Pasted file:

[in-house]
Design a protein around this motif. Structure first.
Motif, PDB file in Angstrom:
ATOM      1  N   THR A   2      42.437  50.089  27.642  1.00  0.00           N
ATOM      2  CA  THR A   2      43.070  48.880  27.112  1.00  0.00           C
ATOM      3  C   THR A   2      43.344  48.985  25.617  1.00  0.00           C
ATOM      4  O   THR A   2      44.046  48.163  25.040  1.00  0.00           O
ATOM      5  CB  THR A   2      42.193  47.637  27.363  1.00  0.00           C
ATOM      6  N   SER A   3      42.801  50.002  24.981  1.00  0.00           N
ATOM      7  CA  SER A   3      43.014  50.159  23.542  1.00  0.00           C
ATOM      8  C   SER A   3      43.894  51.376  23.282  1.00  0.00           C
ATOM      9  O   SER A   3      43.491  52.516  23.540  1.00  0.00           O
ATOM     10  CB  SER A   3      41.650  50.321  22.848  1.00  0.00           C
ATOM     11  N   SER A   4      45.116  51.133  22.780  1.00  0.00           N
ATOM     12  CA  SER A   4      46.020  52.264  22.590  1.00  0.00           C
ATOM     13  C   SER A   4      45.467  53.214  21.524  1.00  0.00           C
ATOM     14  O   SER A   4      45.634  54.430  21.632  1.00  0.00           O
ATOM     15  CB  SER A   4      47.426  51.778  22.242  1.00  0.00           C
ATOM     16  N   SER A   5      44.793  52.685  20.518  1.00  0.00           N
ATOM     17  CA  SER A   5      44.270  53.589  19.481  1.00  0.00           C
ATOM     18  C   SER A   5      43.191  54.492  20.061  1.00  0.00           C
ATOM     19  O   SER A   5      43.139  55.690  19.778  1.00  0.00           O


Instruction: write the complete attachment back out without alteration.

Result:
[in-house]
Design a protein around this motif. Structure first.
Motif, PDB file in Angstrom:
ATOM      1  N   THR A   2      42.437  50.089  27.642  1.00  0.00           N
ATOM      2  CA  THR A   2      43.070  48.880  27.112  1.00  0.00           C
ATOM      3  C   THR A   2      43.344  48.985  25.617  1.00  0.00           C
ATOM      4  O   THR A   2      44.046  48.163  25.040  1.00  0.00           O
ATOM      5  CB  THR A   2      42.193  47.637  27.363  1.00  0.00           C
ATOM      6  N   SER A   3      42.801  50.002  24.981  1.00  0.00           N
ATOM      7  CA  SER A   3      43.014  50.159  23.542  1.00  0.00           C
ATOM      8  C   SER A   3      43.894  51.376  23.282  1.00  0.00           C
ATOM      9  O   SER A   3      43.491  52.516  23.540  1.00  0.00           O
ATOM     10  CB  SER A   3      41.650  50.321  22.848  1.00  0.00           C
ATOM     11  N   SER A   4      45.116  51.133  22.780  1.00  0.00           N
ATOM     12  CA  SER A   4      46.020  52.264  22.590  1.00  0.00           C
ATOM     13  C   SER A   4      45.467  53.214  21.524  1.00  0.00           C
ATOM     14  O   SER A   4      45.634  54.430  21.632  1.00  0.00           O
ATOM     15  CB  SER A   4      47.426  51.778  22.242  1.00  0.00           C
ATOM     16  N   SER A   5      44.793  52.685  20.518  1.00  0.00           N
ATOM     17  CA  SER A   5      44.270  53.589  19.481  1.00  0.00           C
ATOM     18  C   SER A   5      43.191  54.492  20.061  1.00  0.00           C
ATOM     19  O   SER A   5      43.139  55.690  19.778  1.00  0.00           O